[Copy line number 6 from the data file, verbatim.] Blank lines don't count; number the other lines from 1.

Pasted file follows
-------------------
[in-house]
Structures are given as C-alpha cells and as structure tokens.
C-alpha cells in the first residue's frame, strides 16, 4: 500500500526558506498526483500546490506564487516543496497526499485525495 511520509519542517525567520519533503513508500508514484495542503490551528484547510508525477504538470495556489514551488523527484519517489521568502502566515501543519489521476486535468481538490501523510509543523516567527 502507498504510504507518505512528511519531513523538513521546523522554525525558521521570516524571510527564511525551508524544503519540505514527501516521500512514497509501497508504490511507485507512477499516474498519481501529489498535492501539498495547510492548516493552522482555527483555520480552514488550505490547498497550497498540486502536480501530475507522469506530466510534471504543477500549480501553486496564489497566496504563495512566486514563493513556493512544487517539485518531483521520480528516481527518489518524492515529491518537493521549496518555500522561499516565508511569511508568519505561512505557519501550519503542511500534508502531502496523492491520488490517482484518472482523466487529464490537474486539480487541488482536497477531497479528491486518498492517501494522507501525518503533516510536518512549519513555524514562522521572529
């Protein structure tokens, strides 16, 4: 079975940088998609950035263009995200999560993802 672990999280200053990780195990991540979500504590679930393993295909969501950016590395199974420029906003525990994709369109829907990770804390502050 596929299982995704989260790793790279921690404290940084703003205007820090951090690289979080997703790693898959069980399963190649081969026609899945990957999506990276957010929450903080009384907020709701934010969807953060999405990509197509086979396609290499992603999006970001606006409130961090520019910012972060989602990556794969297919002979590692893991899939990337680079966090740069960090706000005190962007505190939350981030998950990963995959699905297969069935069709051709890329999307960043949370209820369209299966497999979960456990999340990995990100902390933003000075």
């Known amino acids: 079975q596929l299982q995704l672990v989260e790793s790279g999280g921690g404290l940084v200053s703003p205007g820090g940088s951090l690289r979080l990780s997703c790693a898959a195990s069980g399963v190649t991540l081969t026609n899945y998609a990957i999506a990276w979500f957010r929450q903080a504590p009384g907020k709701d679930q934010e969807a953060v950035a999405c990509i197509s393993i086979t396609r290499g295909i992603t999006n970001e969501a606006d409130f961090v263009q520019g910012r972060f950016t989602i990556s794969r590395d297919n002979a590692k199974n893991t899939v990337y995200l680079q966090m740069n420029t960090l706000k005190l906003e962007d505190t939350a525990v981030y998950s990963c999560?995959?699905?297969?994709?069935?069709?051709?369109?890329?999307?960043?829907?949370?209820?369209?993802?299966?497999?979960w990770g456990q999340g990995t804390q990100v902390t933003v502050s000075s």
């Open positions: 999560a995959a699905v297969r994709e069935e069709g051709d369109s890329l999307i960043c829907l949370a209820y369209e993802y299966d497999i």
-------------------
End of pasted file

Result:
């Open positions: 999560a995959a699905v297969r994709e069935e069709g051709d369109s890329l999307i960043c829907l949370a209820y369209e993802y299966d497999i």